the commits modifying a particular <path>. But there are two parts of
       History Simplification, one part is selecting the commits and the other
       is how to do it, as there are various strategies to simplify the history.

       The following options select the commits to be shown:

           Commits modifying the given <paths> are selected.

           Commits that are referred by some branch or tag are selected.

       Note that extra commits can be shown to give a meaningful history.

       The following options affect the way the simplification is performed:

       Default mode
           Simplifies the history to the simplest history explaining the final
           state of the tree. Simplest because it prunes some side branches if
           the end result is the same (i.e. merging branches with the same

           Include all commits from the default mode, but also any merge commits
           that are not TREESAME to the first parent but are TREESAME to a later
           parent. This mode is helpful for showing the merge commits that
           "first introduced" a change to a branch.

           Same as the default mode, but does not prune some history.

           Only the selected commits are shown, plus some to have a meaningful

           All commits in the simplified history are shown.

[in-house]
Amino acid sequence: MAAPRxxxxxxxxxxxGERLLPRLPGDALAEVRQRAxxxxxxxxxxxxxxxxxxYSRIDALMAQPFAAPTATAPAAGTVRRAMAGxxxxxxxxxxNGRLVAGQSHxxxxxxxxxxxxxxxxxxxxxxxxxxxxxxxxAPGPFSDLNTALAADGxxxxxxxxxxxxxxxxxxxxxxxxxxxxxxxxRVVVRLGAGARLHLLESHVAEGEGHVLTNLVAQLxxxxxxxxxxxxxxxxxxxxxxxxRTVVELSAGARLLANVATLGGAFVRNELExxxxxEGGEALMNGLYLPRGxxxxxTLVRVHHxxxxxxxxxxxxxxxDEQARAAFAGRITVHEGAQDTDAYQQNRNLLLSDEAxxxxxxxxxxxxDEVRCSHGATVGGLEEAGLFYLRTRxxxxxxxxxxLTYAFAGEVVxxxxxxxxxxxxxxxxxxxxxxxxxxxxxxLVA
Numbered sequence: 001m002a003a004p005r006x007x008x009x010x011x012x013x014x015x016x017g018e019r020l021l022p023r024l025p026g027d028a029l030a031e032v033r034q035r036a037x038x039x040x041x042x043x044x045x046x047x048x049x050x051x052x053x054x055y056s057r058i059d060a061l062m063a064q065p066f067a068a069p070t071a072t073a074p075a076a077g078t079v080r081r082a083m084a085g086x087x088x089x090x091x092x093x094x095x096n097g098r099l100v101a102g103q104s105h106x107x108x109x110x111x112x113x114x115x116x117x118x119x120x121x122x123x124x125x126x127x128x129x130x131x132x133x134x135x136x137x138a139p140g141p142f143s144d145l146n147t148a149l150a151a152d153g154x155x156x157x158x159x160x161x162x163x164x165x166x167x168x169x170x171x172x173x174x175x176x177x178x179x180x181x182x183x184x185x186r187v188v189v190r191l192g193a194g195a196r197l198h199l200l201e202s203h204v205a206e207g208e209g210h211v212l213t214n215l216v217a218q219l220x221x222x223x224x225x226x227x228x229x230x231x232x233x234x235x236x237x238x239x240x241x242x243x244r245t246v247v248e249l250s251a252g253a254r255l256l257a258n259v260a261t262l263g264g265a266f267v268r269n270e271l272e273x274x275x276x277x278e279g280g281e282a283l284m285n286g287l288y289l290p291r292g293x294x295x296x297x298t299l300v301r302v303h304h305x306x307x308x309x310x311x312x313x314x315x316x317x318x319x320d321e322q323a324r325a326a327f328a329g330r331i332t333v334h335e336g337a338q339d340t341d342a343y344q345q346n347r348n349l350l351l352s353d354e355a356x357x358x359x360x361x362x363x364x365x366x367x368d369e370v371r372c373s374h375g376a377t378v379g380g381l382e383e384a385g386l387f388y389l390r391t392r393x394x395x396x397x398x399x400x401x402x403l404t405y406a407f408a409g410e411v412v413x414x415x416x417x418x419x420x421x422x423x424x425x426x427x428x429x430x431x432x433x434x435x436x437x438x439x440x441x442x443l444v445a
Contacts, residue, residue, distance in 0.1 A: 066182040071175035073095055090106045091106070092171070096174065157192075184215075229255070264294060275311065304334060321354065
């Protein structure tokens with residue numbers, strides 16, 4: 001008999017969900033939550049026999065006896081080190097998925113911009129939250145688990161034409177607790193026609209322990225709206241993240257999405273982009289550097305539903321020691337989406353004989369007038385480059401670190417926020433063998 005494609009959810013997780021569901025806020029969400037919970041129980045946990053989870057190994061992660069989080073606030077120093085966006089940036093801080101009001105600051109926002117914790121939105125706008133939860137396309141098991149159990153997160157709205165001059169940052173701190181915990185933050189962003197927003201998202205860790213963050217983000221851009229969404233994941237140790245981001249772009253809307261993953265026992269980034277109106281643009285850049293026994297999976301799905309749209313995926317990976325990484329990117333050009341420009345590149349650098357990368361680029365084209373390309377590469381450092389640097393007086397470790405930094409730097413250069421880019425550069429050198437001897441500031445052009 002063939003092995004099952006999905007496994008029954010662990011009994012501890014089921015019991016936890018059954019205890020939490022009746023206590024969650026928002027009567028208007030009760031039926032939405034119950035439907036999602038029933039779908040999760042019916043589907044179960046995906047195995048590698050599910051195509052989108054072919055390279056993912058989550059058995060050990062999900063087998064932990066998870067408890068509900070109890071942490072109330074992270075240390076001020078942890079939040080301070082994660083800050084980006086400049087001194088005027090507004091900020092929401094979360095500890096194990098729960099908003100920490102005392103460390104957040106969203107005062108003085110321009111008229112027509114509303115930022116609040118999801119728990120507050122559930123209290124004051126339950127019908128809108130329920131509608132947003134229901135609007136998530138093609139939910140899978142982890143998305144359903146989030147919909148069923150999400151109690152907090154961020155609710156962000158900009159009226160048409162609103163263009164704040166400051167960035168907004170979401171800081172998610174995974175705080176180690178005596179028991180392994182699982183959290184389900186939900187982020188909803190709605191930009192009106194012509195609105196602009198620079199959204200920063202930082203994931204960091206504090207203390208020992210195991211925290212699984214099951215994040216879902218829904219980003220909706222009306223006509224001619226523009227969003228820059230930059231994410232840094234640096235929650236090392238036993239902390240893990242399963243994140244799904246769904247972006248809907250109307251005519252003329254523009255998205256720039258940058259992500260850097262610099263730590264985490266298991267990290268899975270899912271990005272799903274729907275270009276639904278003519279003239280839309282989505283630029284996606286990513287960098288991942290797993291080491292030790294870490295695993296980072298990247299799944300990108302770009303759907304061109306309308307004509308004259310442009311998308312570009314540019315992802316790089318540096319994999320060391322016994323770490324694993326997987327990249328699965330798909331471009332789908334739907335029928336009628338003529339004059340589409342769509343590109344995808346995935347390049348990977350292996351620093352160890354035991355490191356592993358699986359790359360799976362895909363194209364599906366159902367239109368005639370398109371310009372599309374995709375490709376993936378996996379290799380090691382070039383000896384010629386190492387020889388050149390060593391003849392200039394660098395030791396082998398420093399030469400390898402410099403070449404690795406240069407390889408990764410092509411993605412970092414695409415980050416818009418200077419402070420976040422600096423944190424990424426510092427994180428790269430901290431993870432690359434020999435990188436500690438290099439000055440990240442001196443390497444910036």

Additional option to --full-history to remove some needless merges
           from the resulting history, as there are no selected commits
           contributing to this merge.

           When given a range of commits to display (e.g.  commit1..commit2 or
           commit2 ^commit1), only display commits that exist directly on the
           ancestry chain between the commit1 and commit2, i.e. commits that are
           both descendants of commit1, and ancestors of commit2.

       A more detailed explanation follows.

       Suppose you specified foo as the <paths>. We shall call commits that
       modify foo !TREESAME, and the rest TREESAME. (In a diff filtered for foo,
       they look different and equal, respectively.)

       In the following, we will always refer to the same example history to
       illustrate the differences between simplification settings. We assume
       that you are filtering for a file foo in this commit graph:

                    /     /   /   /   /   /
                   I     B   C   D   E   Y
                    \   /   /   /   /   /
                     `-------------'   X

       The horizontal line of history A---Q is taken to be the first parent of
       each merge. The commits are:

       •   I is the initial commit, in which foo exists with contents “asdf”,
           and a file quux exists with contents “quux”. Initial commits are
           compared to an empty tree, so I is !TREESAME.

       •   In A, foo contains just “foo”.

       •   B contains the same change as A. Its merge M is trivial and hence
           TREESAME to all parents.

       •   C does not change foo, but its merge N changes it to “foobar”, so it